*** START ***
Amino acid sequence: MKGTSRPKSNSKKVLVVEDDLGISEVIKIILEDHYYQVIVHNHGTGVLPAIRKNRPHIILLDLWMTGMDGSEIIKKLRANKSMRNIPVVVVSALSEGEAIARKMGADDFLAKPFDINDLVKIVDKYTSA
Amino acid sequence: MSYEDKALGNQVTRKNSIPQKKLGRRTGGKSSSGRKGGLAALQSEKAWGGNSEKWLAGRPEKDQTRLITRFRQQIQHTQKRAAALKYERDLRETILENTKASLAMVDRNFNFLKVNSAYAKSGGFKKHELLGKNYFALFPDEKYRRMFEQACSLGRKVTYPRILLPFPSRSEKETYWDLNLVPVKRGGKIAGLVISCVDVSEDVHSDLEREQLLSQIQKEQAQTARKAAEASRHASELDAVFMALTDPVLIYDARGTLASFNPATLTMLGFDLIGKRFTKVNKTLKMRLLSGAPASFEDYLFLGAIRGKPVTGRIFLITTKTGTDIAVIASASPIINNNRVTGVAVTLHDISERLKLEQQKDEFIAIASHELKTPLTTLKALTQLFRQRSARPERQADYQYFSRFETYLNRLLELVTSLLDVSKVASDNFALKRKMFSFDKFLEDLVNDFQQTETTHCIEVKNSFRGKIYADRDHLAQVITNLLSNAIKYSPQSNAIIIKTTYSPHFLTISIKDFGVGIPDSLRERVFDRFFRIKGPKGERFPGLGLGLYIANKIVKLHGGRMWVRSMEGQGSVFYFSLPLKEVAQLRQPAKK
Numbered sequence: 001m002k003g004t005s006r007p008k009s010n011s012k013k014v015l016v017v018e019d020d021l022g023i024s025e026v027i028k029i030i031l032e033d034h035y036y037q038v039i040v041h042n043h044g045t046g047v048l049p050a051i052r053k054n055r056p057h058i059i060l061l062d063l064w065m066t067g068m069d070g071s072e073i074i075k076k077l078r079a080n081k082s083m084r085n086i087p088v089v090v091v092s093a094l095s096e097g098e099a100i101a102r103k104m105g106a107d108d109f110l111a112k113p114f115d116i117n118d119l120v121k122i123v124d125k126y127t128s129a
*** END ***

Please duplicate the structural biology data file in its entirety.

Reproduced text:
Amino acid sequence: MKGTSRPKSNSKKVLVVEDDLGISEVIKIILEDHYYQVIVHNHGTGVLPAIRKNRPHIILLDLWMTGMDGSEIIKKLRANKSMRNIPVVVVSALSEGEAIARKMGADDFLAKPFDINDLVKIVDKYTSA
Amino acid sequence: MSYEDKALGNQVTRKNSIPQKKLGRRTGGKSSSGRKGGLAALQSEKAWGGNSEKWLAGRPEKDQTRLITRFRQQIQHTQKRAAALKYERDLRETILENTKASLAMVDRNFNFLKVNSAYAKSGGFKKHELLGKNYFALFPDEKYRRMFEQACSLGRKVTYPRILLPFPSRSEKETYWDLNLVPVKRGGKIAGLVISCVDVSEDVHSDLEREQLLSQIQKEQAQTARKAAEASRHASELDAVFMALTDPVLIYDARGTLASFNPATLTMLGFDLIGKRFTKVNKTLKMRLLSGAPASFEDYLFLGAIRGKPVTGRIFLITTKTGTDIAVIASASPIINNNRVTGVAVTLHDISERLKLEQQKDEFIAIASHELKTPLTTLKALTQLFRQRSARPERQADYQYFSRFETYLNRLLELVTSLLDVSKVASDNFALKRKMFSFDKFLEDLVNDFQQTETTHCIEVKNSFRGKIYADRDHLAQVITNLLSNAIKYSPQSNAIIIKTTYSPHFLTISIKDFGVGIPDSLRERVFDRFFRIKGPKGERFPGLGLGLYIANKIVKLHGGRMWVRSMEGQGSVFYFSLPLKEVAQLRQPAKK
Numbered sequence: 001m002k003g004t005s006r007p008k009s010n011s012k013k014v015l016v017v018e019d020d021l022g023i024s025e026v027i028k029i030i031l032e033d034h035y036y037q038v039i040v041h042n043h044g045t046g047v048l049p050a051i052r053k054n055r056p057h058i059i060l061l062d063l064w065m066t067g068m069d070g071s072e073i074i075k076k077l078r079a080n081k082s083m084r085n086i087p088v089v090v091v092s093a094l095s096e097g098e099a100i101a102r103k104m105g106a107d108d109f110l111a112k113p114f115d116i117n118d119l120v121k122i123v124d125k126y127t128s129a